Church, state separation questioned
KIRKERSVILLE - Separation of church and state is difficultwhen council meetings and worship services take place in the same room.
Former Kirkersville Village Council member Debbie Seymour criticized village council March 5 for failing to remove all church service accessories before the council meeting; a church flagremained standing next to the council bench throughout the council meeting. The Crossway Community Church holds worship services in the town hall, which formerly was a church.
Mayor Terry Ashcraft told Solicitor Deborah Kenney McBride she should research the issue. However, when Seymour asked Kenney McBride if she were working for the council or for the residents, Kenney McBride delayed answering for a few moments - there's a history of tension between Seymour, Kenney McBride, and former mayor Bennie Evans who now serves as a council member. He didn't acknowledge Seymour at first, either. Kenney McBride answered that she represents council. So, if a resident calls the solicitor, the solicitor is not obligated to answer the resident, Seymour asked. Technically, said Kenney McBride, no.
In other council news:
• Council Clerk Johnny Adkins announced the village received a citizens' referendum to place passage of a public water ordinance on the public ballot. The ordinance, passed during the Feb. 6 council meeting, allows the village to enter into an agreement with Southwest Licking Community Water and Sewer District to provide public water only to Phase I--properties along Ohio 158, including the Flying J Truck Stop, Phantom Fireworks, Kirkersville Elementary School, and several parcels proposed for development. The businesses and developers would pay for the majority of the Phase I infrastructure.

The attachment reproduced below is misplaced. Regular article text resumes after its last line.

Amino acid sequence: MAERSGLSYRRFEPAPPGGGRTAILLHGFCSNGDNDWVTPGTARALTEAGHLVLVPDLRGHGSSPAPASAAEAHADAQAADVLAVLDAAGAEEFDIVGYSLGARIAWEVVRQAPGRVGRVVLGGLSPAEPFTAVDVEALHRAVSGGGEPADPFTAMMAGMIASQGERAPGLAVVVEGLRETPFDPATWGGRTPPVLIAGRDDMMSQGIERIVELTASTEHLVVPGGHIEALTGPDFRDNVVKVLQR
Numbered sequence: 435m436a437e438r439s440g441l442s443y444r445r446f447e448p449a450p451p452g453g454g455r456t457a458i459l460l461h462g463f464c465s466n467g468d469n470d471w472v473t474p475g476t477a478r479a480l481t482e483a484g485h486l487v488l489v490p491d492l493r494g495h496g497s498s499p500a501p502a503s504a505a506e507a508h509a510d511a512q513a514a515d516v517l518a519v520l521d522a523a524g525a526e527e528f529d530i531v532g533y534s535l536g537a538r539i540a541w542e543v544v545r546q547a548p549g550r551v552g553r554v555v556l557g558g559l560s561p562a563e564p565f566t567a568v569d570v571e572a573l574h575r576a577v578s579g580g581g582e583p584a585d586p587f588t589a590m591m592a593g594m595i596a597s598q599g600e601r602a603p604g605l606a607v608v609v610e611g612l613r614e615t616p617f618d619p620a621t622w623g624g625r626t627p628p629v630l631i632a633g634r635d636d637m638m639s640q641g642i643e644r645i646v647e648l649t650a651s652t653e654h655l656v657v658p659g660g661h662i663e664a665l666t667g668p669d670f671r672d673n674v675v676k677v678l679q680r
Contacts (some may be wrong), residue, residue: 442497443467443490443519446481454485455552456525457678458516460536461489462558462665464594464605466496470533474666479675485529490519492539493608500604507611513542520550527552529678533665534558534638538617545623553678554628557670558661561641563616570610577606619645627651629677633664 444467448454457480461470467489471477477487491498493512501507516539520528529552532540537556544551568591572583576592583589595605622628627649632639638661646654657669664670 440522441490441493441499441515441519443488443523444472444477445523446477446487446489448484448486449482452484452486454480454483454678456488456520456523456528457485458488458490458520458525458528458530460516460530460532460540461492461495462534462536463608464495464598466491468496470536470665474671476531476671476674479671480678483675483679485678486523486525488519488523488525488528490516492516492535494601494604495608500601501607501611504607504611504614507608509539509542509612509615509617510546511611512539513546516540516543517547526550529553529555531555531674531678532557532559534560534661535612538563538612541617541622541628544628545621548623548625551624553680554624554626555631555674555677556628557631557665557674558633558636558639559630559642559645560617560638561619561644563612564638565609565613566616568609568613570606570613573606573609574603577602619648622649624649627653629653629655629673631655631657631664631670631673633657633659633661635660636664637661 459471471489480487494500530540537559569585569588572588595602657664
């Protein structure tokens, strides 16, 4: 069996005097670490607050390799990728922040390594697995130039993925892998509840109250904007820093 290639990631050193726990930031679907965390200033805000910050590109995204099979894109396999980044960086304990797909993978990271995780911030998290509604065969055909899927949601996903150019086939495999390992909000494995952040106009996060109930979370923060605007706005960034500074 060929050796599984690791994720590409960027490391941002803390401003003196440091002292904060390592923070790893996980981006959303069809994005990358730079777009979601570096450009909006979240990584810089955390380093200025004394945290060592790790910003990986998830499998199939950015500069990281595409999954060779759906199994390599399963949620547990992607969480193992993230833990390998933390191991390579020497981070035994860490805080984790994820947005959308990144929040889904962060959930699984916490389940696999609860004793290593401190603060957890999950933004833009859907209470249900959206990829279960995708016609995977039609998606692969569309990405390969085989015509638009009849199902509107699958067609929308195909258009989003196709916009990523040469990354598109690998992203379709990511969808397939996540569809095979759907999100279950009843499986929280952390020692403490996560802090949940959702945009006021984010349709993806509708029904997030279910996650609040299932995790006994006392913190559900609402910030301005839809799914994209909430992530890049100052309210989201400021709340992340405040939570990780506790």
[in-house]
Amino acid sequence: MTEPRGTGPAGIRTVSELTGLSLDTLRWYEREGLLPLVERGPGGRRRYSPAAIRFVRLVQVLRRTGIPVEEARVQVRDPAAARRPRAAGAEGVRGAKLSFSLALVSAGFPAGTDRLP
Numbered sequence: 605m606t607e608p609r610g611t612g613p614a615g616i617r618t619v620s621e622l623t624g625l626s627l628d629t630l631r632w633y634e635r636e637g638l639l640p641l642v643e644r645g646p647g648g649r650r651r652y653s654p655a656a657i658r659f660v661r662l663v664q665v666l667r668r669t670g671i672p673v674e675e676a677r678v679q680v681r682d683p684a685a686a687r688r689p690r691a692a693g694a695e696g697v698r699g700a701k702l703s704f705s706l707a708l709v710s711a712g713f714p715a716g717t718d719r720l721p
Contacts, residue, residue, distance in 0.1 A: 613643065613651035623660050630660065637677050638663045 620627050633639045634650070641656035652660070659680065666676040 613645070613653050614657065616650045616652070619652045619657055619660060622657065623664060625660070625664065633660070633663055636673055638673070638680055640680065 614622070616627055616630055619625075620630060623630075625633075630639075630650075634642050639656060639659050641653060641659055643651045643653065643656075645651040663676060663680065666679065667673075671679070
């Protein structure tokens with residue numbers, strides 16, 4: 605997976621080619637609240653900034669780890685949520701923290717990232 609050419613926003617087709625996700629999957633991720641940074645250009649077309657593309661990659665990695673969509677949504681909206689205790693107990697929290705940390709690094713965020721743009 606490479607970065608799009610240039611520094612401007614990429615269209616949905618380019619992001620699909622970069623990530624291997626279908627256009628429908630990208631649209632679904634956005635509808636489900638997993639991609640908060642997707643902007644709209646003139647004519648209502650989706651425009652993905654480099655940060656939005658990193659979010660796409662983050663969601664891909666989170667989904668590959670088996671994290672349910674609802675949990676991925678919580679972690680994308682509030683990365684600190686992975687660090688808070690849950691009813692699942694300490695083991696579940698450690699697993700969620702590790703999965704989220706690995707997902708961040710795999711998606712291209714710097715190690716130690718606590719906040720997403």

Previously, Village Engineer Gary Silcott was clear that the ordinance only approved Phase I and allowed Southwest Licking to drop the district's $4,500 tap fee for anyone else in the village who eventually may want public water.
In order for the village to enter into Phase II, which would provide public water to the rest of the village, council would need to pass a separate ordinance.
Licking County Board of Elections Director Jay Morrow said March 10 that his officehad yet to receive the referendum information, but, if all the necessary signatures are valid, the referendum will appear on the November ballot.
• Kenney McBride stood behind her opinion that there was no conflict of interest in council's appointment of Evans. Ashcraft, who was mayor previously, defeated incumbent Evans in the November 2007 election. However, Evans was appointed to council to fulfillthe two remaining years of former council member Bobbi Miller's term. Miller and her family moved out of state at the beginning of the year.
Kenney McBride said previously that Miller's letter of resignation suggested Evans replace her, and council agreed. Kenney McBride said village councils have 30 days to appoint whomever they choose to fill council vacancies. Since Evans was no longer mayor as of Jan. 1 and Miller's resignation was effective Dec. 31, there's no law that prevented appointing Evans to council once Miller's position was open, she said.